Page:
When I met her, it was raining, so I offered my umbrella.
'Here,' I said, touching the girl's wet shoulder lightly, 'Borrow this.'
A small smiled fluttered over her face, 'No,' she murmured, 'The rain, it's inspiring.'
I didn't understand, 'But, but... You're drenched!'
Slowly, she turned to look at me, her eyes were heavy with pity, 'I cannot take up your offer,' she said quietly, 'When the sky is mourning the loss of summer it is only kind to suffer with her. The summer is her child, and every year he vanishes. If we allow ourselves to taste the agony of a grieving mother on our lips, and recognize it for what it truly is, then we ourselves become stronger. More sentient.'
Still perplexed, I asked, 'But aren't tears meant to be salty? This rain is fresh.'
Quite to my surprise, the girl laughed, 'Oh! Don't be so silly!' Her tone wasn't mocking, but it bruised me all the same, 'Whoever said the rain was tears?' She continued, 'No, the sky is better than us lowly people, when the sky laments, she cries soul. Every drop of rain, every drop, is a globule of her heart and longing and love.' The girl shook her head, 'But you'll learn one day, if you listen more closely to the world around you, you'll learn.'
So I went away, and I tried to learn. The girl's lyrical words haunted my sleep, and twanged bitter notes in my soul. One day, I brought a leather bound note book and presented it to her. I wanted the words to keep. I wanted her to write things down for me, so that I could rest easy at night with the words' dangerously intoxicating power beneath my own head, not dancing on her lips.
'Here,' I said, it had been some months since our last encounter, but she was still there, gazing at the sky, 'I've got a gift for you.'
Amiably enough, she greeted me with a smile. However, her expression quickly plummeted when she saw the book.
'A cage,' She said, bluntly.
Shaking my head, I corrected her, 'No... It's a, uh, it's a book. For you to write in.' As I tripped and stumbled over my vowels and consonants, I longed for her eloquence, 'You could be amazing.'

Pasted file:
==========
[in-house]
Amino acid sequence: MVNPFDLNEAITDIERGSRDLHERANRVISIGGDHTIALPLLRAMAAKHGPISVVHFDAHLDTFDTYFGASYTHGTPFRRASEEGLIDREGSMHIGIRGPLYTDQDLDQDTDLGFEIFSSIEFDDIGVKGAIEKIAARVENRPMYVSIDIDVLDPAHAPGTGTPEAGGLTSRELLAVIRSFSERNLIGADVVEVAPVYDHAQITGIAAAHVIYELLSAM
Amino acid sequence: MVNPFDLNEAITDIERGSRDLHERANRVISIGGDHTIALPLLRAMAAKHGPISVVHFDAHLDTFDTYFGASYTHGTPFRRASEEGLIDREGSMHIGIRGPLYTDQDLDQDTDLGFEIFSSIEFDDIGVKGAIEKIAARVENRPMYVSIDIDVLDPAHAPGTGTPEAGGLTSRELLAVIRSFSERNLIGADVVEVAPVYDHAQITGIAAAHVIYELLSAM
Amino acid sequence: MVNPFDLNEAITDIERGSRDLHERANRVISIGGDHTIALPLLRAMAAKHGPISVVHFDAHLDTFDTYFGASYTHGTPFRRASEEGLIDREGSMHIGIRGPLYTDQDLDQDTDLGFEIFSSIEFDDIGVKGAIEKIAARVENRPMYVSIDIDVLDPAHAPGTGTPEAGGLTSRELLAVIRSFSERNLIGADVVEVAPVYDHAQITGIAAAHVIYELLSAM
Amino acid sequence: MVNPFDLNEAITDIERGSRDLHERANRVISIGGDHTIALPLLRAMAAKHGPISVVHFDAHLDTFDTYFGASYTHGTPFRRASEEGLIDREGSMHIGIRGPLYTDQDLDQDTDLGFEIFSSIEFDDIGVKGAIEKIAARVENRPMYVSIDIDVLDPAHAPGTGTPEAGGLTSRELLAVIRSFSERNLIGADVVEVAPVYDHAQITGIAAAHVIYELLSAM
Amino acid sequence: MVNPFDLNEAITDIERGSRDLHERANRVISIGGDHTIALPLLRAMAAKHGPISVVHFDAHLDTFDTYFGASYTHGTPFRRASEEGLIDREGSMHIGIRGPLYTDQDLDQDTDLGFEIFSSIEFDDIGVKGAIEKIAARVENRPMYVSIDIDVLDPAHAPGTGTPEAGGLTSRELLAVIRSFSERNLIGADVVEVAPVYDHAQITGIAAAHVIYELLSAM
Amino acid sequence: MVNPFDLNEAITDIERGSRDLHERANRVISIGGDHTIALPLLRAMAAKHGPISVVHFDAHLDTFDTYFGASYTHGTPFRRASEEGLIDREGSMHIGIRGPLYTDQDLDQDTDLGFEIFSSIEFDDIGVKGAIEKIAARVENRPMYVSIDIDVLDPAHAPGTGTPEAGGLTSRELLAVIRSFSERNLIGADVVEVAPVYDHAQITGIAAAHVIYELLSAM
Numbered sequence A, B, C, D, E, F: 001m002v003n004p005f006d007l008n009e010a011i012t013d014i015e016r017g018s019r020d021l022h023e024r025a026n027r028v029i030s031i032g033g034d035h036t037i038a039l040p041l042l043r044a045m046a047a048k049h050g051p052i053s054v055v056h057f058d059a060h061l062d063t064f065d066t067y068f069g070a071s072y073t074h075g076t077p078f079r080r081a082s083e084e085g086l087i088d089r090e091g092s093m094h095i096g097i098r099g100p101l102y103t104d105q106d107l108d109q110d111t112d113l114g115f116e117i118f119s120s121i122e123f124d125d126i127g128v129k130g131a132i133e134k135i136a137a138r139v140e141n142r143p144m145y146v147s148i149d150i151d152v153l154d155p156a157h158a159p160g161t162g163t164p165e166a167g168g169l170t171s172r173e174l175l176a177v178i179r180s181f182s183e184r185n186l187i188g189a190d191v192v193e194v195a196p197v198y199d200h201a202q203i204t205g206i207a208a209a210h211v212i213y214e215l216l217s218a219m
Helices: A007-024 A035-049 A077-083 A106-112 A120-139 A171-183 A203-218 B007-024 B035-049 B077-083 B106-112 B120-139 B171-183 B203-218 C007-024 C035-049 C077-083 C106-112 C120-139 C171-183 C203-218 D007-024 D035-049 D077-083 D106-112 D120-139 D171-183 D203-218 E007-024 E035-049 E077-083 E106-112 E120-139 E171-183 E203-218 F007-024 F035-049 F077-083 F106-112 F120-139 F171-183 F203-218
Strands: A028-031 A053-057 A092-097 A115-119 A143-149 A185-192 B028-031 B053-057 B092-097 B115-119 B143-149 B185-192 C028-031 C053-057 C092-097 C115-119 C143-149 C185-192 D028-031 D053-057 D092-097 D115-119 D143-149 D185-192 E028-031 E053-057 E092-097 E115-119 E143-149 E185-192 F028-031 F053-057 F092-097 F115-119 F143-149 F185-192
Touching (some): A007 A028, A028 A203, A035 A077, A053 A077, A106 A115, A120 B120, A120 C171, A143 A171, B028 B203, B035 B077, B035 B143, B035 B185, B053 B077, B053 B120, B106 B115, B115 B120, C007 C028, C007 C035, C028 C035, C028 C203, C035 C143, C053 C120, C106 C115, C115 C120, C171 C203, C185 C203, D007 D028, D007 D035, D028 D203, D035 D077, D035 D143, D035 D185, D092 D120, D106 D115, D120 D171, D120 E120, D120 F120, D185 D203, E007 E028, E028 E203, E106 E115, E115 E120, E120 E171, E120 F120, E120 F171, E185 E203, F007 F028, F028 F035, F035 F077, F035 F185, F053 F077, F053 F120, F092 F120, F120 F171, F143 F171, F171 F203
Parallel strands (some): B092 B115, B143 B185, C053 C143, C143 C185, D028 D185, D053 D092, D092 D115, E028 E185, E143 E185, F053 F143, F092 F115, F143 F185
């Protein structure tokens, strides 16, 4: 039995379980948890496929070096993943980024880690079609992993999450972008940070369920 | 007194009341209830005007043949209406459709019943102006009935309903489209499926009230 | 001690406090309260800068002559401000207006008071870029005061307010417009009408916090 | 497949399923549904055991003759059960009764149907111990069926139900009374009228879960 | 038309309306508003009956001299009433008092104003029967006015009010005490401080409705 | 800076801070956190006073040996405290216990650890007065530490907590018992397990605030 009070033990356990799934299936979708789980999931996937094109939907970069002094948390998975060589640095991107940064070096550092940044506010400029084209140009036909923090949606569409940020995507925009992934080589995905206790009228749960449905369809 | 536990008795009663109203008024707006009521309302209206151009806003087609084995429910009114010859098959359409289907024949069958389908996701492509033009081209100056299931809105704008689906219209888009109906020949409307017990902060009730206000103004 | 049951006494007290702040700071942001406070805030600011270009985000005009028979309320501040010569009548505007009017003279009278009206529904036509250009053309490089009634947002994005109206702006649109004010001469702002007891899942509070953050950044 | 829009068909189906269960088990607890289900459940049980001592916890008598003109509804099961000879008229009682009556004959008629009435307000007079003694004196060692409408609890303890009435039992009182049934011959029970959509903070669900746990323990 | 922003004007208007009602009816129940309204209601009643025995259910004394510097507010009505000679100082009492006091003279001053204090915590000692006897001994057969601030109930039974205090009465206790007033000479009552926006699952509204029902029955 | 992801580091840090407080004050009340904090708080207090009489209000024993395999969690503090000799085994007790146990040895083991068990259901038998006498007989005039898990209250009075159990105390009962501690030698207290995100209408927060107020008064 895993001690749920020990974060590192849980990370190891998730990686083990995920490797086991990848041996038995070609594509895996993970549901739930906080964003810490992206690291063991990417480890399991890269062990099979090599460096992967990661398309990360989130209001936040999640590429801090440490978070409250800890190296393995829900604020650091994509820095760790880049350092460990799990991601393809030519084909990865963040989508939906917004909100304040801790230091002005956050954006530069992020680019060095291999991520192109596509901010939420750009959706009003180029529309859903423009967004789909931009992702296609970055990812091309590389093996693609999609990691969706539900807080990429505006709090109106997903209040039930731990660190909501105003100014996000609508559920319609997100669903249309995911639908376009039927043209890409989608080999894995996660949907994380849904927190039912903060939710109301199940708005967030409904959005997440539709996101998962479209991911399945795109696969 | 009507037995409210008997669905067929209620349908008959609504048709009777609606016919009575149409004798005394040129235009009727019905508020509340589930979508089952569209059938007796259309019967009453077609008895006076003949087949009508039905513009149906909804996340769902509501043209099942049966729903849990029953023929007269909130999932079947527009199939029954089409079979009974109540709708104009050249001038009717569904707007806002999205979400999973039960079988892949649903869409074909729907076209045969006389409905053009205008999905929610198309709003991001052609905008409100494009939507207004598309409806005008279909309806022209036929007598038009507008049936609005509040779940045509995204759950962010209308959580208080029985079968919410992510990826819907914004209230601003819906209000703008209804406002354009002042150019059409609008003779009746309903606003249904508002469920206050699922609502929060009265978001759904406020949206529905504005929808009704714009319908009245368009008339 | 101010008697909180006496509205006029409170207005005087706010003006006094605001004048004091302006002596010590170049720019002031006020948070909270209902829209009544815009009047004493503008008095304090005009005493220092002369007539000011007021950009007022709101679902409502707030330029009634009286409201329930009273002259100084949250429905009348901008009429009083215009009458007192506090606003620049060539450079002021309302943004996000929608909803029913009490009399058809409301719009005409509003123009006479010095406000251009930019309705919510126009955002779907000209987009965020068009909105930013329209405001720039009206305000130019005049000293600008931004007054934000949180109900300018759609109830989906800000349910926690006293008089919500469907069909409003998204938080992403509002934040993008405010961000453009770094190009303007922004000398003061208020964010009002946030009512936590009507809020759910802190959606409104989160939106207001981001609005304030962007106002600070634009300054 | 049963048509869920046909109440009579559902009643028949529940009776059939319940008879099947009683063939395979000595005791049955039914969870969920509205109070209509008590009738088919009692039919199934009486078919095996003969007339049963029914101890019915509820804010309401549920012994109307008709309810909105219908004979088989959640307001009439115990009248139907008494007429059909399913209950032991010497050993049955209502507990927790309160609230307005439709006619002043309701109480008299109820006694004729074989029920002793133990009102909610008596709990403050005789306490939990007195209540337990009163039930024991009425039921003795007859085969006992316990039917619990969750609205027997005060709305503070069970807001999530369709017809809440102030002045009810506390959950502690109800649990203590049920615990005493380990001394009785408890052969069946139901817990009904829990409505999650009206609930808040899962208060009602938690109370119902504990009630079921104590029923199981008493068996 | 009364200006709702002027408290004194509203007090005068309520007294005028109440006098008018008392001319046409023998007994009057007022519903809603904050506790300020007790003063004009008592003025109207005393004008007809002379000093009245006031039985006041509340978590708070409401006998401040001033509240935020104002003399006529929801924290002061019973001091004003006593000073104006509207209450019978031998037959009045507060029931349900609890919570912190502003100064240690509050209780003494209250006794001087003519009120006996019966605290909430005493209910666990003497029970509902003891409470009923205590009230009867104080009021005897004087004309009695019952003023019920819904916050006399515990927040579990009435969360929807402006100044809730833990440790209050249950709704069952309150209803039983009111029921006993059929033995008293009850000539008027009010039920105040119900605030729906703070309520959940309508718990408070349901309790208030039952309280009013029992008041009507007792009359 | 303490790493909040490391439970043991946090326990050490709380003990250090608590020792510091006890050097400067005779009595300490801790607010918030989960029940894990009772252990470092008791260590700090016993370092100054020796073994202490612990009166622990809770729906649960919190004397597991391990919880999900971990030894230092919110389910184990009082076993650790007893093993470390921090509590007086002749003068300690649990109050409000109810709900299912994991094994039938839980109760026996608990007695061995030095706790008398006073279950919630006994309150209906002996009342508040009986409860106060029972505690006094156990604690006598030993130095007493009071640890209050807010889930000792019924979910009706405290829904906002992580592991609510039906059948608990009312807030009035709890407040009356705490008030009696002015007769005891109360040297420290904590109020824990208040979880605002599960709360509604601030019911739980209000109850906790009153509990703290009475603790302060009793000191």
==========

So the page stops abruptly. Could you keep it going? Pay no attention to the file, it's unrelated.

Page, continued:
And, deep inside, I wanted to be a part of that.
'It's a cage!' she cried, 'A cage! For words are as beautiful and free as the birds that grace the summer skies, and you wish for me to pin them down? Like butterflies in a Lepidopterist's case? That is murder, that is disgusting, and you want me to be an accomplice? No. I refuse, take your cage and be gone.'
Quite disheartened, I left. My heart was empty of words and skill. No person had ever managed to enchant me as she had. Hypocrite, the girl was a hypocrite. She detests the idea of trapping inky little words, but she was happy enough to hold me captive.
I echoed her.
Angry, I turned around. My eyes were hot, a tear leaked down my cheek.
'You....' A thousand hard, craggy insults waited to be pushed over the edge of my tongue, 'You... you...'
Blinking, she asked, 'You?'
Sighing, I said, 'You... I think... I might love you.'
Her deep brown eyed became speckled with intrigue, 'Love? You love me?'
'Yes,' it was the easiest thing I'd ever said to her, 'Yes.... Please, my friend, please say something beautiful.'
Her eyes closed, but her tone was quite happy, 'No, because you just did. I cannot find a more beautiful word for you, in this moment, than that. Than yes.'
More tears dribbled down my face, carefully, the girl caught one on the end of her fingertip and kissed it.
She frowned. I bit my lip, 'What? What's the matter?' I asked.
Smiling, she said, 'Your tear, your tear is fresh. Fresher, I daresay, than the falling rain.'
My soul was crying, because it had never been so happy. It had never been so free and it had never been more alive. Sometimes it rains in summer. Sometimes tears are more than tears, sometimes they are magical.
Just like words.